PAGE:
The compositions found on the self-titled debut album from Blondes, a Brooklyn-based electronic duo, conjure up the usual images of weekend-in-the-club revelry. Masses of heavy, sweating bodies are caught in mid-groove by strobe light flashes, and personal space is a thing of the (more sober) past. If this picture seems vague, as though it might be happening at any venue, thats because it could be. There is no sense of place in this music, and because there are no words, the boundaries blur even more. For bandmates Sam Haar and Zach Steinman, who are just getting started, this is a praiseworthy feat: They have learned to speak the global language of house music. What they have yet to do is the thing thats immeasurably harder: make it their own.
This debut offering is a two-disc set. The first is simply the album Blondes, by Blondes. These tunes, cleverly named after dualities (Business and Pleasure, Water and Wine), are infectious ear candy, so beware. You may press play and find yourself still sitting in the same spot an hour later, perplexed and strangely thirsty. While the albums escapist qualities are undeniable, this is the nature of the beast (the beast being electronic dance-pop.) Blondes need to hone themselvesbecome harder, better, faster, strongerif they wish to become memorable, to stand out in listeners minds as something tangible and unique.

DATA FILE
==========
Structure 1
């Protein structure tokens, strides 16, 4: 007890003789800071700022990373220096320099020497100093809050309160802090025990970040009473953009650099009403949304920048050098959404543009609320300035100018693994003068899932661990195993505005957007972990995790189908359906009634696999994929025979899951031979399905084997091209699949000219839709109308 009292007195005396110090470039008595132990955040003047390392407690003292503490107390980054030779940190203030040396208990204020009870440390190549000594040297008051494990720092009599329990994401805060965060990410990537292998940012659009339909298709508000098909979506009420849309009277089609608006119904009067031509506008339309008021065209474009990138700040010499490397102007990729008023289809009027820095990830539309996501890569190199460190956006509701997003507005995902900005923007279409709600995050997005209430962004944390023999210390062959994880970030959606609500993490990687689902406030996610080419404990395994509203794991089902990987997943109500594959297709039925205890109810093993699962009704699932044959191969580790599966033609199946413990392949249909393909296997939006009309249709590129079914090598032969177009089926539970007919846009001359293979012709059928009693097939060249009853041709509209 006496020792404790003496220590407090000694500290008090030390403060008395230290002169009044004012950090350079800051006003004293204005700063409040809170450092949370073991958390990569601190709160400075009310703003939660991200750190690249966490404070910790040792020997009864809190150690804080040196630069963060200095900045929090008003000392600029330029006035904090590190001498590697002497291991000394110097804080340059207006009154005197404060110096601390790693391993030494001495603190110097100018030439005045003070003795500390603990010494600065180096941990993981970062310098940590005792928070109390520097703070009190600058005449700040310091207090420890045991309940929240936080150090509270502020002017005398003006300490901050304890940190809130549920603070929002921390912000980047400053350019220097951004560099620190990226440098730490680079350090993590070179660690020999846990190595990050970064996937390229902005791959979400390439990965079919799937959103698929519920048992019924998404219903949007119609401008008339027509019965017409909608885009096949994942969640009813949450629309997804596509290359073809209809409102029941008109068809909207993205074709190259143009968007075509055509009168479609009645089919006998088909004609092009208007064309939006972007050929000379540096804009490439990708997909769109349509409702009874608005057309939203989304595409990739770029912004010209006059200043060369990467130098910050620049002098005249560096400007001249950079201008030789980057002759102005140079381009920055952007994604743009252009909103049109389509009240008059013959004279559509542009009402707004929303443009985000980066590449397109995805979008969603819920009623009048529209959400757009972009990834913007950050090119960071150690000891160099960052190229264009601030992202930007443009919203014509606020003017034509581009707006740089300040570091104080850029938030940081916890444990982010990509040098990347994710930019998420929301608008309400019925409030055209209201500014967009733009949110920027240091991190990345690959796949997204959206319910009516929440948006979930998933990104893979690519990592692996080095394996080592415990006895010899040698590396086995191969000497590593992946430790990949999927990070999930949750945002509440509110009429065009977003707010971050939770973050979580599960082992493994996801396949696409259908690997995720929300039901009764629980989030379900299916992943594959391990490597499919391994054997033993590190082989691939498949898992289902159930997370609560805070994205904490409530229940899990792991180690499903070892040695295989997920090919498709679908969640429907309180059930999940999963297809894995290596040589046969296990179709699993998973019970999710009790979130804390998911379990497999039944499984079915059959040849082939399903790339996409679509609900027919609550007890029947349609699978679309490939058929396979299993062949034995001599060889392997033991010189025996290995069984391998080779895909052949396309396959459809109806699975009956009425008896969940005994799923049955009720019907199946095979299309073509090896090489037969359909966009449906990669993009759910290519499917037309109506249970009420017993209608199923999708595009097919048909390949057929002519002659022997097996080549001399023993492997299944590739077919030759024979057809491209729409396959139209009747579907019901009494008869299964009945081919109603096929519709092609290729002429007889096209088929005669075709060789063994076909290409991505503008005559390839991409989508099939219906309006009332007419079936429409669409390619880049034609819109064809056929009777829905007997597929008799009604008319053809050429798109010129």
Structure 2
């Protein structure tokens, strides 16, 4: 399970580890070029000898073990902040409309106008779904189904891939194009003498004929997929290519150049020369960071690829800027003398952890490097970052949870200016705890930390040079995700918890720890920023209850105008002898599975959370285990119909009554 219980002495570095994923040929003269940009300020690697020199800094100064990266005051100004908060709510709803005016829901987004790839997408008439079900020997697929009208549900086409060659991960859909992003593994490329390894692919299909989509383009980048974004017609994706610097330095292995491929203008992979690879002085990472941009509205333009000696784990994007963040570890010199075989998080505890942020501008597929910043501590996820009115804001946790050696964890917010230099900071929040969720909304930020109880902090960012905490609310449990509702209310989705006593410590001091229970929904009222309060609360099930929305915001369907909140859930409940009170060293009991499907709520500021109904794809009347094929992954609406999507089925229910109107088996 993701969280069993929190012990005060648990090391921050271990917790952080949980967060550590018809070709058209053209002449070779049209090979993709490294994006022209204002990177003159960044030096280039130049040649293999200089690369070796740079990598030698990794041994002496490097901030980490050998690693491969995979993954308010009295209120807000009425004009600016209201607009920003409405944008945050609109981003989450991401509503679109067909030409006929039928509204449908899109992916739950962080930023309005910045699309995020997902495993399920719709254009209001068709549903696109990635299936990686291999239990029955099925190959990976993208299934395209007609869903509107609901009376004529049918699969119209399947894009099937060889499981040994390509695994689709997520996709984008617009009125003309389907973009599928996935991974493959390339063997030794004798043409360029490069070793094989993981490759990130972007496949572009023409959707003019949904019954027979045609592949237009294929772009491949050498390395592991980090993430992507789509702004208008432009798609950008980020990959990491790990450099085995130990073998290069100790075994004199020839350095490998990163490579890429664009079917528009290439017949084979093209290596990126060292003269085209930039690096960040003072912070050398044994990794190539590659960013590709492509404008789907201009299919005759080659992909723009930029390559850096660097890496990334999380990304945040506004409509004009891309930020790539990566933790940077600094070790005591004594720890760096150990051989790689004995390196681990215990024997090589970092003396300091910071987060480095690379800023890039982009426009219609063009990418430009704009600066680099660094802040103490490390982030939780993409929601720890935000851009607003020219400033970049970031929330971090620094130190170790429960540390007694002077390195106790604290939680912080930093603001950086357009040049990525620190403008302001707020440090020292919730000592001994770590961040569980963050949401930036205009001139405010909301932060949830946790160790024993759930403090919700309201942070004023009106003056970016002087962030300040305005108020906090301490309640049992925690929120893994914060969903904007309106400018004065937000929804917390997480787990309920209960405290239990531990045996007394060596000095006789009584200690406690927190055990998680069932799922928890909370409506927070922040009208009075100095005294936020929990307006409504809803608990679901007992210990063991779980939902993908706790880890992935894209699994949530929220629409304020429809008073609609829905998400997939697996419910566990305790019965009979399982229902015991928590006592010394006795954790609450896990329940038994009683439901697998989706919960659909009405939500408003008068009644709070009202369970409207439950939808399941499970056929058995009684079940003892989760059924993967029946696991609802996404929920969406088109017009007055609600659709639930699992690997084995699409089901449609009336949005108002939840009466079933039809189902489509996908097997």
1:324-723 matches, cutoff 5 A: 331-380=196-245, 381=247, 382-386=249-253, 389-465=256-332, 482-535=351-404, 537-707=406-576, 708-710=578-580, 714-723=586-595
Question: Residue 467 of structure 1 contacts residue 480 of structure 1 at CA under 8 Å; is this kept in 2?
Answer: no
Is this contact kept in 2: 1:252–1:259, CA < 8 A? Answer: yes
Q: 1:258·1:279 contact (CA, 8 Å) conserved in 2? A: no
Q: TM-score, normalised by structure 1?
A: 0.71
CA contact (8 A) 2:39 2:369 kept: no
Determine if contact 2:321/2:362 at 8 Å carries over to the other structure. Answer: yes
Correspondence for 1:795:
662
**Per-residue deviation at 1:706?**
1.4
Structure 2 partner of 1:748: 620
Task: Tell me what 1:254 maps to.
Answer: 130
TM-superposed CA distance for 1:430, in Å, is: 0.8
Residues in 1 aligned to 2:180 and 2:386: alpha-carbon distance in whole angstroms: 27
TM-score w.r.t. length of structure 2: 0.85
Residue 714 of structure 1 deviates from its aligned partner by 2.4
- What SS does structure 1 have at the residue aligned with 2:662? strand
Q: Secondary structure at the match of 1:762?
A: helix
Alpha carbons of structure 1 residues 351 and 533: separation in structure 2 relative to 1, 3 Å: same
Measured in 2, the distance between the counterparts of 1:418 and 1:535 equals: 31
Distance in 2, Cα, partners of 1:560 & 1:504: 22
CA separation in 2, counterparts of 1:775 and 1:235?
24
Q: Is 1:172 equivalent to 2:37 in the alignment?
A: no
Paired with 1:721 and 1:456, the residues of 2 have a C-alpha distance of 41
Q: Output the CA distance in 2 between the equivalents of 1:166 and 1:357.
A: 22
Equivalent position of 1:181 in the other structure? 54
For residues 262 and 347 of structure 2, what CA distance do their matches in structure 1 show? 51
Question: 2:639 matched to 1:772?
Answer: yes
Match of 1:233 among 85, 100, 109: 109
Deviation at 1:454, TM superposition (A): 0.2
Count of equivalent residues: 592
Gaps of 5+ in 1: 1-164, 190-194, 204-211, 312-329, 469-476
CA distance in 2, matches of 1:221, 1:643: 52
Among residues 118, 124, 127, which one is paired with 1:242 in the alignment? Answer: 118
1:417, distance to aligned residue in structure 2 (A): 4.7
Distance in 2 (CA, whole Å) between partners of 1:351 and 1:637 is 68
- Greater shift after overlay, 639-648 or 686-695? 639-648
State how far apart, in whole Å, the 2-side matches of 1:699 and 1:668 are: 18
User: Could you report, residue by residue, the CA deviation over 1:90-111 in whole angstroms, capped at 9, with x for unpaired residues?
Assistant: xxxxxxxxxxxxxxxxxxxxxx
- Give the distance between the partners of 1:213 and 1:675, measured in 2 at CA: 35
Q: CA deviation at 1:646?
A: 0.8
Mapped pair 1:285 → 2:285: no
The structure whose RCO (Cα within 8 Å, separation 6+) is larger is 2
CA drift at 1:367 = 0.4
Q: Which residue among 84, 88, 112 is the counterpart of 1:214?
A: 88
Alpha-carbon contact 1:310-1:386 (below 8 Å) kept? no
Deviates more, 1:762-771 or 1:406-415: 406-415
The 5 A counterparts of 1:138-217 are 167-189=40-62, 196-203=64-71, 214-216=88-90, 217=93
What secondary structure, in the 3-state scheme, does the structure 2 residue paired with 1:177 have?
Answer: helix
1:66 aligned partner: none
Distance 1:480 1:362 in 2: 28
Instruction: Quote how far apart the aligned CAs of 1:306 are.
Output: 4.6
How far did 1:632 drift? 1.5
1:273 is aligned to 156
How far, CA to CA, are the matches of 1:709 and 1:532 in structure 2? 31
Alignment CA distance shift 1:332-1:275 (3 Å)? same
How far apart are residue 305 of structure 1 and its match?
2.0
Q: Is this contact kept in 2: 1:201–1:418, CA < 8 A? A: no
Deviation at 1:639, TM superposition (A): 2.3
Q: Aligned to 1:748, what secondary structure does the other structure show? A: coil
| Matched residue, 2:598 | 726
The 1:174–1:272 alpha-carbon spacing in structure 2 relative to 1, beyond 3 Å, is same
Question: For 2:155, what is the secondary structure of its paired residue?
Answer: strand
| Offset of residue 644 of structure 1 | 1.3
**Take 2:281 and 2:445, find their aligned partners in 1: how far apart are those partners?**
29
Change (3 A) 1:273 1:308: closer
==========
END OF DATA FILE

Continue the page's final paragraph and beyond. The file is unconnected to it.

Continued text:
Accompanying the album itself is a companion disc, chock-full of guest remixes of the very same nascent songs that grace Blondes. This is an understandable, but ultimately odd, move. While Blondes tries to gain street cred by collaborating with as many other groups as possible, it gives us little time to digest the album on its own merits. Its okay to work your way up to the big leagues with time and practice, boys. Teengirl Fantasy (featured in the Wine remix) may help you get there, but its best to know what you want to say, and who you are, when you arrive.
Essential Tracks: Pleasure, Wine, and Wine (Teengirl Fantasy remix)